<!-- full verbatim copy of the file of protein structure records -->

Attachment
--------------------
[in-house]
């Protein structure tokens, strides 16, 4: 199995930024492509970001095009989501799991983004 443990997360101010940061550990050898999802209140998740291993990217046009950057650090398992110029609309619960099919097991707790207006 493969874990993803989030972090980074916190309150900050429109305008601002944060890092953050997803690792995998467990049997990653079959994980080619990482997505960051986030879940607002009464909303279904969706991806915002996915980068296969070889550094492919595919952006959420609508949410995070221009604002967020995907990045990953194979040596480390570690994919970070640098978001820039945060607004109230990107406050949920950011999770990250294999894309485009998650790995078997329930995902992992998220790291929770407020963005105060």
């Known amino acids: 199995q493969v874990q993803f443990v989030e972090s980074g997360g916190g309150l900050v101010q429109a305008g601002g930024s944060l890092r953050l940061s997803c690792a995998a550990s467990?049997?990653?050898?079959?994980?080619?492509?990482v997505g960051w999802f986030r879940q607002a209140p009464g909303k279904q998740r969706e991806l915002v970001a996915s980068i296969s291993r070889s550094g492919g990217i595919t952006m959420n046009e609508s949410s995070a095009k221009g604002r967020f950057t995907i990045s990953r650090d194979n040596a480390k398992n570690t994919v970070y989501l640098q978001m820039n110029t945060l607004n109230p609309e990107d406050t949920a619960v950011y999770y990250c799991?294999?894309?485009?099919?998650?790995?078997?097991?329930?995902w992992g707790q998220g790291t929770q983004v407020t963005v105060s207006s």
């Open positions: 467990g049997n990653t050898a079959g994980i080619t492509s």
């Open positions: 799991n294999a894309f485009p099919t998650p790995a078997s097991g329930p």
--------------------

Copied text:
[in-house]
């Protein structure tokens, strides 16, 4: 199995930024492509970001095009989501799991983004 443990997360101010940061550990050898999802209140998740291993990217046009950057650090398992110029609309619960099919097991707790207006 493969874990993803989030972090980074916190309150900050429109305008601002944060890092953050997803690792995998467990049997990653079959994980080619990482997505960051986030879940607002009464909303279904969706991806915002996915980068296969070889550094492919595919952006959420609508949410995070221009604002967020995907990045990953194979040596480390570690994919970070640098978001820039945060607004109230990107406050949920950011999770990250294999894309485009998650790995078997329930995902992992998220790291929770407020963005105060």
């Known amino acids: 199995q493969v874990q993803f443990v989030e972090s980074g997360g916190g309150l900050v101010q429109a305008g601002g930024s944060l890092r953050l940061s997803c690792a995998a550990s467990?049997?990653?050898?079959?994980?080619?492509?990482v997505g960051w999802f986030r879940q607002a209140p009464g909303k279904q998740r969706e991806l915002v970001a996915s980068i296969s291993r070889s550094g492919g990217i595919t952006m959420n046009e609508s949410s995070a095009k221009g604002r967020f950057t995907i990045s990953r650090d194979n040596a480390k398992n570690t994919v970070y989501l640098q978001m820039n110029t945060l607004n109230p609309e990107d406050t949920a619960v950011y999770y990250c799991?294999?894309?485009?099919?998650?790995?078997?097991?329930?995902w992992g707790q998220g790291t929770q983004v407020t963005v105060s207006s």
């Open positions: 467990g049997n990653t050898a079959g994980i080619t492509s």
């Open positions: 799991n294999a894309f485009p099919t998650p790995a078997s097991g329930p």